Figure 6. Boxplots of the area under absolute value of autocorrelation of the temporal signatures after sorting them in descending order according to their Kappa score. The component with the largest Kappa score and therefore most related to sleep staging is the first one and is marked in blue, while the other (noise) components are marked in red. “*” indicates a statistically significant difference with p < 0.05. For the rank-2 CPD (a) and the rank-3 CPD (b) there is a significant difference between the area under the ACF of the sleep staging component and the noise component(s); For a rank-4 (c) and rank-5 CPD (d) the component most related to sleep staging is significantly different from all other components except one.
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Table 1. The classification performance of the proposed tensor-based method for different values of the rank R. The mean (standard deviation) of the sensitivity, specificity, accuracy, area under the ROC curve (AUC) and Cohen’s kappa are presented.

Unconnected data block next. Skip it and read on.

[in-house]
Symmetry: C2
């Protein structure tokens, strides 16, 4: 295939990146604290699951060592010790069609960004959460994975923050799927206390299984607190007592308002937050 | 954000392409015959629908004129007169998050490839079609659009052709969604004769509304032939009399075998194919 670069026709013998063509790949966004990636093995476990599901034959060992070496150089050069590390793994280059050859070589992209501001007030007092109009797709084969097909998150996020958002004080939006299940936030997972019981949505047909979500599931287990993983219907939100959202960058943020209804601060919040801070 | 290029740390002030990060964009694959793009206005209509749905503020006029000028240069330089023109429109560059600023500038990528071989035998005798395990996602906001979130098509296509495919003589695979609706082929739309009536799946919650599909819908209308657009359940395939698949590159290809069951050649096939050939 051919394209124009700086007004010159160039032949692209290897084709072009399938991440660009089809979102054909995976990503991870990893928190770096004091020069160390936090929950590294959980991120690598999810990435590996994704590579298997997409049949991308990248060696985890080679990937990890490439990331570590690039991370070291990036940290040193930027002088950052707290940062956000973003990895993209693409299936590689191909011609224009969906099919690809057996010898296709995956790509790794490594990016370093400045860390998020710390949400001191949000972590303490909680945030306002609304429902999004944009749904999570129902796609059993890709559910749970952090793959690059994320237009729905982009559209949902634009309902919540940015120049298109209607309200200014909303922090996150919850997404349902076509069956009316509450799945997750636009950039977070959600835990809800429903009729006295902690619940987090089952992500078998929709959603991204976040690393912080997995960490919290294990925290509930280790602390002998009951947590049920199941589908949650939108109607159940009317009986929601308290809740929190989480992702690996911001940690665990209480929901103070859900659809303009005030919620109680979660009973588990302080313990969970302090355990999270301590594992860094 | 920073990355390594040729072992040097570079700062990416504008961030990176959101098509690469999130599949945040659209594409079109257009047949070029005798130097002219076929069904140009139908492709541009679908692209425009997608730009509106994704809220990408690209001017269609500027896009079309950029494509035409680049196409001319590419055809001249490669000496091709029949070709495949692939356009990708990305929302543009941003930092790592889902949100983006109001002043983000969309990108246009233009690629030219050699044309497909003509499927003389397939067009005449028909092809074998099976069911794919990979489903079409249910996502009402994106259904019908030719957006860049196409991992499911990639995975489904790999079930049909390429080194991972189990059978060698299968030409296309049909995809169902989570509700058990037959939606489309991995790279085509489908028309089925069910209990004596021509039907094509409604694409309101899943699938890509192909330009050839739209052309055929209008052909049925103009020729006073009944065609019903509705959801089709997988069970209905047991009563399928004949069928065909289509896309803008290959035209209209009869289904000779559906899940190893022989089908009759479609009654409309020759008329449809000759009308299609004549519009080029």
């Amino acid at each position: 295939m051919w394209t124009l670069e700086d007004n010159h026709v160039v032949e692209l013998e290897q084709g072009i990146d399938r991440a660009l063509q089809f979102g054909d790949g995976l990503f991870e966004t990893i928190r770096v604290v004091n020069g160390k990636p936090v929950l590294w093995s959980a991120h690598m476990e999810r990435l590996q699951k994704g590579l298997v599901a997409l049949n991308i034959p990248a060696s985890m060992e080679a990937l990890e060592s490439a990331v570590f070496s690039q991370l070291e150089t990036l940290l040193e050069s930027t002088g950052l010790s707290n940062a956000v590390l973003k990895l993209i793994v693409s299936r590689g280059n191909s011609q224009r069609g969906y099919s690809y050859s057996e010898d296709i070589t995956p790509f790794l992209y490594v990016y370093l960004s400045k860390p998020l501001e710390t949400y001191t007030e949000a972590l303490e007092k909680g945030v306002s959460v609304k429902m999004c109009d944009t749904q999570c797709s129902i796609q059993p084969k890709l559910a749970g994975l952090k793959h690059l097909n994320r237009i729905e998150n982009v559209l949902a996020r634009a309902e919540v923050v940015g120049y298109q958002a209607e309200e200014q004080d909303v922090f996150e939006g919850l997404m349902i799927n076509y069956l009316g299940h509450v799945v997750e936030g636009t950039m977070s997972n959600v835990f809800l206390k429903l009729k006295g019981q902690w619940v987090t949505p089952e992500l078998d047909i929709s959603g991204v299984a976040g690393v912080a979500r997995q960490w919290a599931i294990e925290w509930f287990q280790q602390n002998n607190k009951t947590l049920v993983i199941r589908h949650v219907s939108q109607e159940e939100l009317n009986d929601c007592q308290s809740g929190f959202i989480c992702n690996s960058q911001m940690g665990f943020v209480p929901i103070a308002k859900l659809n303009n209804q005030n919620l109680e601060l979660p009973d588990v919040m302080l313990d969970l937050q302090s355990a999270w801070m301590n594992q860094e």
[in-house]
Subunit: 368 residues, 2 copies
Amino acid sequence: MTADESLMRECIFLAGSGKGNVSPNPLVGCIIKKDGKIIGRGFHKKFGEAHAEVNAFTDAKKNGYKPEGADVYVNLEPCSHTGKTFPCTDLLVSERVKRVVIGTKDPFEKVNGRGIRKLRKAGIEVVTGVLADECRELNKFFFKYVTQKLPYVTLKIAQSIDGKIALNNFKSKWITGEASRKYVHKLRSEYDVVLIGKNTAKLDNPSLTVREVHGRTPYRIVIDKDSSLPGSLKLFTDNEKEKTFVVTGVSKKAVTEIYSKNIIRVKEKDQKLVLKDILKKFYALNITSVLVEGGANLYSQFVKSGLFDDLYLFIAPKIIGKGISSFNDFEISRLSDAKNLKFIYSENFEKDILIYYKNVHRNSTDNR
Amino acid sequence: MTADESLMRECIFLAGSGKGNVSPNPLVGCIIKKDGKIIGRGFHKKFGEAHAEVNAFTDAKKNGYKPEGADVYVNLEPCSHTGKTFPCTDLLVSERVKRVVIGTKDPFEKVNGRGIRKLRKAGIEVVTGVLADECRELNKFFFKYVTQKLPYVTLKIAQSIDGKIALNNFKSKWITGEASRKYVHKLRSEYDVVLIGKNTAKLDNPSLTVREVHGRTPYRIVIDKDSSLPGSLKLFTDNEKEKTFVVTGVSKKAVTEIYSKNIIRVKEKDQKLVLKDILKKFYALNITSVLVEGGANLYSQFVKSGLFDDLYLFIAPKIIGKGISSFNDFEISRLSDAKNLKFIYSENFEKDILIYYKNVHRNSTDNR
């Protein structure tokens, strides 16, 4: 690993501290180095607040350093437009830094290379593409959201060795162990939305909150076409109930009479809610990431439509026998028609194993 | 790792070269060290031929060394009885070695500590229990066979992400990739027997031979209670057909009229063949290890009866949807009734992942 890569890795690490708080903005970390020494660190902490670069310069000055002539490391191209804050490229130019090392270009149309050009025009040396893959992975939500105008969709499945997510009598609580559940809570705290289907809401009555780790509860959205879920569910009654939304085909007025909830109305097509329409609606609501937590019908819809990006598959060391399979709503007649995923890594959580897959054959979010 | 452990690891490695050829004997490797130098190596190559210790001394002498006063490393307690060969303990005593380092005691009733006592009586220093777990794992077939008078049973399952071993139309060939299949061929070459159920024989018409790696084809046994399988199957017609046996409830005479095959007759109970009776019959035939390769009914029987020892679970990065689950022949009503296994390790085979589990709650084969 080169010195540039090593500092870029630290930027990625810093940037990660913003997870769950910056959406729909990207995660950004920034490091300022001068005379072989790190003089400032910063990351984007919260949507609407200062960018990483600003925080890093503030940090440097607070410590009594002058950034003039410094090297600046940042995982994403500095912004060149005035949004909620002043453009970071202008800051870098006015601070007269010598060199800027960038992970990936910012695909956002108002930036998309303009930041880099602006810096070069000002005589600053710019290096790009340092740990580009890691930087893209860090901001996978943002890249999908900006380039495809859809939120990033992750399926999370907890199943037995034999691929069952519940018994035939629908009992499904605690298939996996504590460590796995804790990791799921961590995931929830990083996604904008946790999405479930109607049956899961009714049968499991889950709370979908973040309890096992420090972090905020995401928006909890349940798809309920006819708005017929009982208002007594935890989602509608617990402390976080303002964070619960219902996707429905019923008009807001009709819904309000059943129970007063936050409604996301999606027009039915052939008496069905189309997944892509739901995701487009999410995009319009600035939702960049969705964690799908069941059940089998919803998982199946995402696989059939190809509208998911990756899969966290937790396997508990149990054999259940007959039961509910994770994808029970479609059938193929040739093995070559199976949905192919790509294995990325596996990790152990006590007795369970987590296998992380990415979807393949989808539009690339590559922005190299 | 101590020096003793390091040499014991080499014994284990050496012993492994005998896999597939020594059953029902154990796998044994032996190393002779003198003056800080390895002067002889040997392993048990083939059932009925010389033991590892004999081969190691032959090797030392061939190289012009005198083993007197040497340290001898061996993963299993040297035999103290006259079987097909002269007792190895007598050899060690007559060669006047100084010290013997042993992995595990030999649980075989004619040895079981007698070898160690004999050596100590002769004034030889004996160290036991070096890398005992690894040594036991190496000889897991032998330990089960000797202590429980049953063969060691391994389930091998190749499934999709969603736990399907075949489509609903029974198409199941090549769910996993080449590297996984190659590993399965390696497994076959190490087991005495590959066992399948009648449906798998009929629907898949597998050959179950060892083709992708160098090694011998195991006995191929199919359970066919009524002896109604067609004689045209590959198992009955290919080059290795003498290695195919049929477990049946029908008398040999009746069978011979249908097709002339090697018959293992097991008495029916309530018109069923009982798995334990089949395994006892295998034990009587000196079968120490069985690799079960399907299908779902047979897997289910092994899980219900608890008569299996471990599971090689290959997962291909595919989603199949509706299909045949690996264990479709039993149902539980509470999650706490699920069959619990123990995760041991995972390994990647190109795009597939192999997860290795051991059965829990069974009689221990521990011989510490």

Table 1. The classification performance of the proposed tensor-based method for different values of the rank R. The mean (standard deviation) of the sensitivity, specificity, accuracy, area under the ROC curve (AUC) and Cohen’s kappa are presented.
SensitivitySpecificityAccuracyAUCKappa
Fixed rank
R = 10.73(0.29)0.79(0.16)0.78(0.15)0.84(0.19)0.47(0.34)
R = 20.82(0.27)0.74(0.23)0.76(0.18)0.87(0.19)0.49(0.33)
R = 30.74 (0.34)0.71(0.2)0.72(0.17)0.80(0.24)0.38(0.36)
R = 40.75(0.33)0.67(0.22)0.70(0.18)0.80(0.24)0.35(0.36)
R = 50.73(0.35)0.64(0.24)0.67(0.21)0.75(0.27)0.31(0.38)
Age-dependent rank
Preterm: R = 1, term: R = 20.80(0.23)0.79(0.17)0.79(0.14)0.87(0.16)0.53(0.28)
Optimal rank
Automatic component selection0.76(0.32)0.78(0.18)0.79(0.17)0.85(0.21)0.50(0.38)
Optimal component0.86(0.32)0.81(0.18)0.82(0.17)0.91(0.21)0.60(0.38)